Last week a somewhat discouraged IB1 (Grade 11) boy stopped by to talk. He was disappointed that his peers hadn’t elected him to any of the leadership positions for next year, and he struggled to make sense of it all. To a 17 year-old, there is a pretty clear link between “title” and “leadership,” and despite my attempts to get him to see that real leadership isn’t limited to “position,” he walked away feeling a bit empty.
Later that day I came across Nicholas D. Kristof’s piece, “Bullets Over Bejing” in the New York Times, in which he describes what happened in and around Tiananmen Square 20 years ago this week. Seven sentences brought me up short:
“On the old airport road that same night, truckloads of troops were entering the city from the east. A middle-aged bus driver saw them and quickly blocked the road with his bus.
“Move aside,” the troops shouted.
“I won’t let you attack the students,” the bus driver retorted defiantly.
The troops pointed their guns at the bus driver and ordered him to move the bus aside. Instead, he plucked the keys from the ignition and hurled them into the bushes beside the road to ensure that no one could drive that bus away. The man was arrested; I don’t know what happened to him.”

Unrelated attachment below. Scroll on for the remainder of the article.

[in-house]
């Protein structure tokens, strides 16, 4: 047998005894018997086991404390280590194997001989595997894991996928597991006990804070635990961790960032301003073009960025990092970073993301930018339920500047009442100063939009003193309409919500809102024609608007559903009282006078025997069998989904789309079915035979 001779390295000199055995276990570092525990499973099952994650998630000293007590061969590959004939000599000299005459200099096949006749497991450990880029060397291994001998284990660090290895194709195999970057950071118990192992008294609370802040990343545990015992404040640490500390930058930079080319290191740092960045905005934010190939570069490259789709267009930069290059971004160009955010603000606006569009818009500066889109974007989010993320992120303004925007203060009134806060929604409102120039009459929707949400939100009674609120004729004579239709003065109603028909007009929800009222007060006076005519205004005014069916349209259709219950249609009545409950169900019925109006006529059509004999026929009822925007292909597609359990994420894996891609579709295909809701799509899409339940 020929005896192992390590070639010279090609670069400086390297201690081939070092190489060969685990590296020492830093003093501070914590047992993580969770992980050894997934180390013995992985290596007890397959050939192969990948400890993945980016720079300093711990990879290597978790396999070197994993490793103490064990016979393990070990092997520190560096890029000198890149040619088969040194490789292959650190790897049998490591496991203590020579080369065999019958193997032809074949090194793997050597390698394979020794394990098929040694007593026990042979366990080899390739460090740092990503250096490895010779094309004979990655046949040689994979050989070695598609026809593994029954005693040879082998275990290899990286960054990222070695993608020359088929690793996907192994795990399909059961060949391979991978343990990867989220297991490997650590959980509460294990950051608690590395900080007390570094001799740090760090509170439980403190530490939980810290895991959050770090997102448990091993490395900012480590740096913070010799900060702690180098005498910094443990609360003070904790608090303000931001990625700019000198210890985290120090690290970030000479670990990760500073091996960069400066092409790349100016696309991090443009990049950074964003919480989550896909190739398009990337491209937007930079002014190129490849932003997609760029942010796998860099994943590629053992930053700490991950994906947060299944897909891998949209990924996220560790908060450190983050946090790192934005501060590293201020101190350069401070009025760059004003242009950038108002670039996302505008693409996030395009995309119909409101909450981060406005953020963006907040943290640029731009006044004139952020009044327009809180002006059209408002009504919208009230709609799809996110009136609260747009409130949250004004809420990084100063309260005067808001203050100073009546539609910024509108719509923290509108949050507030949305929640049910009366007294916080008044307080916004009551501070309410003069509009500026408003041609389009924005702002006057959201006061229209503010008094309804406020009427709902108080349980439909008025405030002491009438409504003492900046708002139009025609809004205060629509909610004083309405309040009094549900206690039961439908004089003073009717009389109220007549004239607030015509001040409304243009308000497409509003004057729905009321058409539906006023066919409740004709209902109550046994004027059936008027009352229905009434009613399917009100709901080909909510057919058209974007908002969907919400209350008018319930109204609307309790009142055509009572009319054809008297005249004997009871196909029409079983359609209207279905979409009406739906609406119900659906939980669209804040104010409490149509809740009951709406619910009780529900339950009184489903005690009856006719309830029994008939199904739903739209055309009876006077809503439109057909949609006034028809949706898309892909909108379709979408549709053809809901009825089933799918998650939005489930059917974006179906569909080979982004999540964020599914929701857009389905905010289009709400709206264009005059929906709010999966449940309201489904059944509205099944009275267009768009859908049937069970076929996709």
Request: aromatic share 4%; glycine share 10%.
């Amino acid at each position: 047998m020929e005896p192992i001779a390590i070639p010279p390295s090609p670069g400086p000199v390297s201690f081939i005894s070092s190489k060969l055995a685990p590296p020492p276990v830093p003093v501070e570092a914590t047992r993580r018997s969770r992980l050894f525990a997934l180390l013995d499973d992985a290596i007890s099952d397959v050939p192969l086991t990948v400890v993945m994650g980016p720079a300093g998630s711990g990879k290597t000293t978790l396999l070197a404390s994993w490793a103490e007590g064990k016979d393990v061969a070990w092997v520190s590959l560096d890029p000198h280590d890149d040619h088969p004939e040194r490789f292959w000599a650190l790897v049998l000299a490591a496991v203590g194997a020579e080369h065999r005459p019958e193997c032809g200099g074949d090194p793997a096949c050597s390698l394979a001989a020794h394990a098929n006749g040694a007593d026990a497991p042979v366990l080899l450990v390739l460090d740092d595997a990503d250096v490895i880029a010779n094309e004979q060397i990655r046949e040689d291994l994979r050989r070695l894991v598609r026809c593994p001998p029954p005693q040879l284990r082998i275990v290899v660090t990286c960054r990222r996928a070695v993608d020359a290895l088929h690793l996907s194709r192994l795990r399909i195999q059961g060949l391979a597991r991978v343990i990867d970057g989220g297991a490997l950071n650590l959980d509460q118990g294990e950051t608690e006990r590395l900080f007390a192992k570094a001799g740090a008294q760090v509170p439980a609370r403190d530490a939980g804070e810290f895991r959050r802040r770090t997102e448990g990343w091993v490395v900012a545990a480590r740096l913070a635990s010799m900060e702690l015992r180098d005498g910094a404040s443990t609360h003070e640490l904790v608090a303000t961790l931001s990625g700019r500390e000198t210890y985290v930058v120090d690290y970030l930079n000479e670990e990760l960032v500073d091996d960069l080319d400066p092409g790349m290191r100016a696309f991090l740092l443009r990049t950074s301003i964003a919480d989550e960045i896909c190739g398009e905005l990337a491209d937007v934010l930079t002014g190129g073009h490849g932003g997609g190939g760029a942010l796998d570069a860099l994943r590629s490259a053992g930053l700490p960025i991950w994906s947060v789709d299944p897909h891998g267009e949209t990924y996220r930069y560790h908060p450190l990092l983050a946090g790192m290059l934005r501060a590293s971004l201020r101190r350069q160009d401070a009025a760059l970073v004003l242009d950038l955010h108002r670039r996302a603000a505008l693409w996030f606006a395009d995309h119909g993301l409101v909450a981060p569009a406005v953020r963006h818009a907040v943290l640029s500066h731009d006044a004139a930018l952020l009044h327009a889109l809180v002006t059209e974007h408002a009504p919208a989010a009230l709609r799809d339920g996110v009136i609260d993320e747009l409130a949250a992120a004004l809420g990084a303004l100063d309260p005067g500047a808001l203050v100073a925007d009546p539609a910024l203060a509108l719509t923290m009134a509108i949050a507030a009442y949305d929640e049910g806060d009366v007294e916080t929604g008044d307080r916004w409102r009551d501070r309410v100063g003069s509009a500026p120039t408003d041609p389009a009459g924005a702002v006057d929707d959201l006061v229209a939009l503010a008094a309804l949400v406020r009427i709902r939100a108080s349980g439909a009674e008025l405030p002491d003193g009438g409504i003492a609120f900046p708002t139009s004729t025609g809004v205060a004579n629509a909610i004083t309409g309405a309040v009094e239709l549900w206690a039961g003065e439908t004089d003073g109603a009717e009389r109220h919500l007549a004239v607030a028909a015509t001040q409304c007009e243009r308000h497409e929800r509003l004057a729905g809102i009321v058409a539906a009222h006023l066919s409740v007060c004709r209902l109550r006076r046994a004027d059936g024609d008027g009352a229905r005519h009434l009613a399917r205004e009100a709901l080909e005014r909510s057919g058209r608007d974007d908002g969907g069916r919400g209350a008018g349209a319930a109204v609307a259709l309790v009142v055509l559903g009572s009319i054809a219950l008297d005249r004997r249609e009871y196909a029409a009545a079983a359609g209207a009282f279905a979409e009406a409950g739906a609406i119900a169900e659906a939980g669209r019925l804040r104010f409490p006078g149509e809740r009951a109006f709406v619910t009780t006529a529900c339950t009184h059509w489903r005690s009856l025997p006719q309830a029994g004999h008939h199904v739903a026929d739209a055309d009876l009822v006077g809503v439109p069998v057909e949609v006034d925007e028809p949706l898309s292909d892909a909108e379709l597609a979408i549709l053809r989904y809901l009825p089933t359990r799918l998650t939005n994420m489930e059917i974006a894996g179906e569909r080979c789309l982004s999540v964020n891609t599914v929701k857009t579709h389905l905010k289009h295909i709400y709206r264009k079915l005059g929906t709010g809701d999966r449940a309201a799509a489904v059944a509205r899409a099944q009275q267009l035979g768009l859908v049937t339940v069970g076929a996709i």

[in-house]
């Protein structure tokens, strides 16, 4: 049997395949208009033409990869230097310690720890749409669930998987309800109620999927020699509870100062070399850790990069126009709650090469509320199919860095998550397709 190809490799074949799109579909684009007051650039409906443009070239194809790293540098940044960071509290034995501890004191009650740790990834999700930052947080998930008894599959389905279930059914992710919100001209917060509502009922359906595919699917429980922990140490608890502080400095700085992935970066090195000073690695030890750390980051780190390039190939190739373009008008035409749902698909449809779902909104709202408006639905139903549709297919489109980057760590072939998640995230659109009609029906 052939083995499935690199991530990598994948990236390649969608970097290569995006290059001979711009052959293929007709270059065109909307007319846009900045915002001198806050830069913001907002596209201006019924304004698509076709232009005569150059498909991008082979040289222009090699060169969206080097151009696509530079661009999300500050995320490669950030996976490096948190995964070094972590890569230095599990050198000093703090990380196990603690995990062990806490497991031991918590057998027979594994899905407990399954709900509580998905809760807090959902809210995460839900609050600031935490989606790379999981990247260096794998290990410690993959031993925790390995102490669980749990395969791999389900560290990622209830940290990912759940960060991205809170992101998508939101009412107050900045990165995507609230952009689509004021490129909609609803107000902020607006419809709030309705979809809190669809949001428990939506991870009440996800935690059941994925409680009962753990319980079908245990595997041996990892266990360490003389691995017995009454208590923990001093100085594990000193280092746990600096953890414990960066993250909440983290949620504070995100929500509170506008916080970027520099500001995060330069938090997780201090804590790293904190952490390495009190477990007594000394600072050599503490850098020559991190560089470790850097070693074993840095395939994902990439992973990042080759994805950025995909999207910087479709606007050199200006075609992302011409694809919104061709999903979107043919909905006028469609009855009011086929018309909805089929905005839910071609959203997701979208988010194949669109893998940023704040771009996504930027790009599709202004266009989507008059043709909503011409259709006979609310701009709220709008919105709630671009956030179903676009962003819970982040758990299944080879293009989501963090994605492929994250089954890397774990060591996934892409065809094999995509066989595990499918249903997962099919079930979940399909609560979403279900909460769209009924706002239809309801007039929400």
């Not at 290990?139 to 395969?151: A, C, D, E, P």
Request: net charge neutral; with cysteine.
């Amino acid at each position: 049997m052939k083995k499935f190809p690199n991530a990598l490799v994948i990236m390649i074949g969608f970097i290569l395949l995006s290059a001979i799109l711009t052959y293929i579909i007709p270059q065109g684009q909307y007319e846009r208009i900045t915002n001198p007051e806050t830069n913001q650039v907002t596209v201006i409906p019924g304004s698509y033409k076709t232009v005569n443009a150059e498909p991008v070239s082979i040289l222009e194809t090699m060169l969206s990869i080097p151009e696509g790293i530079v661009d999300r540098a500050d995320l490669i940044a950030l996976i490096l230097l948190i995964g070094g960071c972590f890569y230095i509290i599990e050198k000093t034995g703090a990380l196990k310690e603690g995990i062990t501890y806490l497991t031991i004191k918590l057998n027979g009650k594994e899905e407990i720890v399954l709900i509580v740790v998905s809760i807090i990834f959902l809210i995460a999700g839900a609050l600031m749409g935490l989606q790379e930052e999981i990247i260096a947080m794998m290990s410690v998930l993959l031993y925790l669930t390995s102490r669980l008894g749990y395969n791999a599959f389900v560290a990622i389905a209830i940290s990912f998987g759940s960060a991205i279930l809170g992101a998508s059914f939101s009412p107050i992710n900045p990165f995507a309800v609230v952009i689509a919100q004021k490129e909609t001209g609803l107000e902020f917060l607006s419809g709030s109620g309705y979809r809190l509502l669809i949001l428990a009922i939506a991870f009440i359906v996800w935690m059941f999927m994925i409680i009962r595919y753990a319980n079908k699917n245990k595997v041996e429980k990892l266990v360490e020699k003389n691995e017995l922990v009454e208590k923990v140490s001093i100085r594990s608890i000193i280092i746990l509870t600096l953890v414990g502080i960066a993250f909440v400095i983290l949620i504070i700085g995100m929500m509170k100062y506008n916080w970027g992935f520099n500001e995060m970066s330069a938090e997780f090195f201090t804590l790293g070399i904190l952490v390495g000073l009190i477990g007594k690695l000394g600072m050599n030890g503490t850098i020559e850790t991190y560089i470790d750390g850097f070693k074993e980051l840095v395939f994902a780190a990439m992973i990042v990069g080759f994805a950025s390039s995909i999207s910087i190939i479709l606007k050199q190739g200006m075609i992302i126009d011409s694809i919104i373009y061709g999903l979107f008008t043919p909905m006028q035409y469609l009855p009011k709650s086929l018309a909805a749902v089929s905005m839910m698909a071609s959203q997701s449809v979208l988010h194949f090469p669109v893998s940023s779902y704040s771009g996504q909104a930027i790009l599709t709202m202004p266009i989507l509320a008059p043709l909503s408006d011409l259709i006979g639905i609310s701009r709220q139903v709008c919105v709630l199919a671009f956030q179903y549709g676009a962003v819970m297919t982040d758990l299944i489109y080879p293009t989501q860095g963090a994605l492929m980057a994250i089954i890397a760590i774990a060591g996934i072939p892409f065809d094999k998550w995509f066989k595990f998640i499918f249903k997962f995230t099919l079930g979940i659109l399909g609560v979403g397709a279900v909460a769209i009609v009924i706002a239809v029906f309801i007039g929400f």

I found myself thinking about that bus driver and his wildly impulsive courage. Where did that strength come from? It clearly had nothing to do with any titles or positions he had ever held; it came from somewhere deep inside. Somewhere in his character or his conscience there was a profound sense of right and wrong, and in this particular instance, that impulsive sense was so powerful that it allowed him to put his life on the line.
I think it was Aristotle who said, “We become courageous by doing courageous things” and that we should think of courage as a muscle that needs to be worked in order to develop. In other words, courage isn’t a matter of simple cognition; it’s not about thinking more clearly or more strategically. It’s about the doing.
When I put myself in that bus driver’s seat, it’s easier to see Barney Fife rather than Clint Eastwood blinking back at those soldiers. But that sense of meeting the moment, of having the ability to act on our best impulses is something we want for our boys – even if they don’t yet see themselves as “leaders.”